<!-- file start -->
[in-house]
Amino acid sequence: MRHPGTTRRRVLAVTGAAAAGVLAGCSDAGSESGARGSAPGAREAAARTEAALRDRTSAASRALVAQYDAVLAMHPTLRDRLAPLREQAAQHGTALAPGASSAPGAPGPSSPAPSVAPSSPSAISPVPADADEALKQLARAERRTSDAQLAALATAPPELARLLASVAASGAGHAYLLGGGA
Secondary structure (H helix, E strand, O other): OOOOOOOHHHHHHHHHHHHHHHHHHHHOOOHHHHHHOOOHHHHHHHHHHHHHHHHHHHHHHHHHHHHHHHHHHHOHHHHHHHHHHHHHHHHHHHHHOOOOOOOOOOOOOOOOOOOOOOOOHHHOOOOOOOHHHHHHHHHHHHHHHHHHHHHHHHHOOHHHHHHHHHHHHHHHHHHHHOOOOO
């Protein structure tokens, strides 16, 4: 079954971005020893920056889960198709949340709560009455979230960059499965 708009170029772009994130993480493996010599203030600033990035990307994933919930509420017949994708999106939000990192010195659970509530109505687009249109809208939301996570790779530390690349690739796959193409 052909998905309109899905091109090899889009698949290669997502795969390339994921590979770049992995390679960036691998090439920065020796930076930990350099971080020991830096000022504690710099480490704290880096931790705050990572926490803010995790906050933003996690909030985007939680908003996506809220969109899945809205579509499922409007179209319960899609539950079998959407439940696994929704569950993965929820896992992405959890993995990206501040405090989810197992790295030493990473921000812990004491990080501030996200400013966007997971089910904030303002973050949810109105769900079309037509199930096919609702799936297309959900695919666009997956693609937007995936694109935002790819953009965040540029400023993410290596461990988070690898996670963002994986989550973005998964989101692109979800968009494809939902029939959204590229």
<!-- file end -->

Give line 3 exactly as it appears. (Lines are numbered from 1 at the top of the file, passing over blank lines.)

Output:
Secondary structure (H helix, E strand, O other): OOOOOOOHHHHHHHHHHHHHHHHHHHHOOOHHHHHHOOOHHHHHHHHHHHHHHHHHHHHHHHHHHHHHHHHHHHOHHHHHHHHHHHHHHHHHHHHHOOOOOOOOOOOOOOOOOOOOOOOOHHHOOOOOOOHHHHHHHHHHHHHHHHHHHHHHHHHOOHHHHHHHHHHHHHHHHHHHHOOOOO